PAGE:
July 28, 2017 3:45 PM, EDT

West Coast Dockworkers Likely to Ratify Three-Year Contract Extension

Port of SeattleDon Wilson/Port of Seattle

Longshoremen on the West Coast are poised to ratify a three-year extension to the collective bargaining agreement with the port authorities and terminal operators in California, Oregon and Washington, according to preliminary tallies.

The International Longshore and Warehouse Union announced that about two-thirds of eligible labor have voted in favor of a proposal from the Pacific Maritime Association, representing management, to extend the expiration date of the contract to July 1, 2022. ILWU represents more than 20,000 workers.

The amended contract would include wage hikes, maintain health benefits and increase pension contributions.

“The ILWU was founded on principles of democracy, and the rank-and-file always have the last word on their contracts,” ILWU President Robert McEllrath said. “There was no shortage of differing views during the yearlong debate leading up to this vote, and members didn’t take this step lightly. In the end, the members made the final decision to extend the contract for three years.”

PMA President James McKenna said, “Earlier this year, PMA proposed a contract extension with the intent of creating long-term certainty for West Coast ports and all stakeholders. Early voting returns show strong ILWU support for our proposal, which would ensure labor stability through 2022. This historic agreement will be great news for the maritime industry, as well as our customers, workers, port communities, and the U.S. economy.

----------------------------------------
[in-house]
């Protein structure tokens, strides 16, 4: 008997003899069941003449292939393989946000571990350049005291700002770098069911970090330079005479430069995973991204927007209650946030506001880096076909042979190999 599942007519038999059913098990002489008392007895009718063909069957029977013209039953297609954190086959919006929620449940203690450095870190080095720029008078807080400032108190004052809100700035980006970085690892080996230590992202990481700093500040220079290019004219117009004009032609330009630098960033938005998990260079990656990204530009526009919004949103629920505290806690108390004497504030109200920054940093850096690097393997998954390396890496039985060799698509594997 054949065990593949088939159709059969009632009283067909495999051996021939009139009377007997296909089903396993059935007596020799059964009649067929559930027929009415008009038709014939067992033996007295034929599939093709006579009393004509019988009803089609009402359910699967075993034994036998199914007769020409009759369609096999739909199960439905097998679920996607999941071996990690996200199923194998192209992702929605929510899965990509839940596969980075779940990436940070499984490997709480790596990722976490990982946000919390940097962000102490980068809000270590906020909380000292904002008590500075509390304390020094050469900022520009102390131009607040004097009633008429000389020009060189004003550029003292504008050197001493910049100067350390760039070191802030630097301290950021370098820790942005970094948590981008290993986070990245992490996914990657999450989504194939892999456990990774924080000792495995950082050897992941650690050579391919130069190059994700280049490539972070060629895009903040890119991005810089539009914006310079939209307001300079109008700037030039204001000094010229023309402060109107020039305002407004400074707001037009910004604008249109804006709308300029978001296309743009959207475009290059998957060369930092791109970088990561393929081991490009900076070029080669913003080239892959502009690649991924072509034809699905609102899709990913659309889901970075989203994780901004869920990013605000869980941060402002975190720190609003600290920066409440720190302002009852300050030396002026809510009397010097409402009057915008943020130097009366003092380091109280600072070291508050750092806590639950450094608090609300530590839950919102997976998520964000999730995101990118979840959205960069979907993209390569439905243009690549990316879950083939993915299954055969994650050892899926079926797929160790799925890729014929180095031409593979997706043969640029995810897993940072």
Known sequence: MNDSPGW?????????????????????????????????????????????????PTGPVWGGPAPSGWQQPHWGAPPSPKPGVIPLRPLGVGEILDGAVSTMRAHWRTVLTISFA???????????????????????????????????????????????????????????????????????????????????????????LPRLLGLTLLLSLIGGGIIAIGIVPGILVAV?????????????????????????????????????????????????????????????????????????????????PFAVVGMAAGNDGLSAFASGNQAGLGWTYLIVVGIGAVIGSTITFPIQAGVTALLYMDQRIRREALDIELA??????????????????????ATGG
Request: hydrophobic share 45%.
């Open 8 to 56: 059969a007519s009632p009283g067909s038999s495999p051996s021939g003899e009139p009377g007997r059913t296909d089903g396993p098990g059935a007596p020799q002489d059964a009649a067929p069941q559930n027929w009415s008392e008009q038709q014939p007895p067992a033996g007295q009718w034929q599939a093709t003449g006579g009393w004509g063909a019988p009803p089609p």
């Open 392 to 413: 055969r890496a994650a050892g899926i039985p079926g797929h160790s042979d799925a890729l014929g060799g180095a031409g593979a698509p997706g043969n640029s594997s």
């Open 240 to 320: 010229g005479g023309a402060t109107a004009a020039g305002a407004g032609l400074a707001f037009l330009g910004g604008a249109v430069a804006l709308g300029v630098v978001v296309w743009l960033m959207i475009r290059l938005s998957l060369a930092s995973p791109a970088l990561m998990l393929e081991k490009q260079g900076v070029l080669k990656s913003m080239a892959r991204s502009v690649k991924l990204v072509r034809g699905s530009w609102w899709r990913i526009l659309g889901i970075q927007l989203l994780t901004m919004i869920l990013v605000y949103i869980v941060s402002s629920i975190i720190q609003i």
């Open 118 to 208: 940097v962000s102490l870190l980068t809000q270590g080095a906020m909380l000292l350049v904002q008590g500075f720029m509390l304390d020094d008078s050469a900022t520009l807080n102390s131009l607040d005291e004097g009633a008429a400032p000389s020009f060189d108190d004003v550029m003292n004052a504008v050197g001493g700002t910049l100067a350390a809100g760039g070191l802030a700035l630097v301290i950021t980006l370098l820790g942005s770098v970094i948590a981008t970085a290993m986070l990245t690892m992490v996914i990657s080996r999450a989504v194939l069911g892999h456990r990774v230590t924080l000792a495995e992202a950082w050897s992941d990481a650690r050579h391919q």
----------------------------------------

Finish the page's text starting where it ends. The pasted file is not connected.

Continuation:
“With this contract extension, the West Coast waterfront has a tremendous opportunity to attract more market share and demonstrate that our ports and our workforce are truly world-class. We are fully committed to delivering the highest standards of reliability and productivity for years to come."

The union expects to announce the official results Aug. 4.

If the extension is formally ratified, then it would be a welcome relief to the draymen who suffered through the long lines and economic hardship when port activity grinded to a halt during the West Coast strikes in early 2015.

“We applaud ILWU members for taking the unprecedented step of approving a contract extension well in advance of the contract expiration,” National Retail Federation Vice President for Supply Chain and Customs Policy Jonathan Gold said. “This agreement between the ILWU and PMA will provide the stability and predictability that NRF’s members and other supply chain stakeholders need to move their cargo efficiently through our ports.”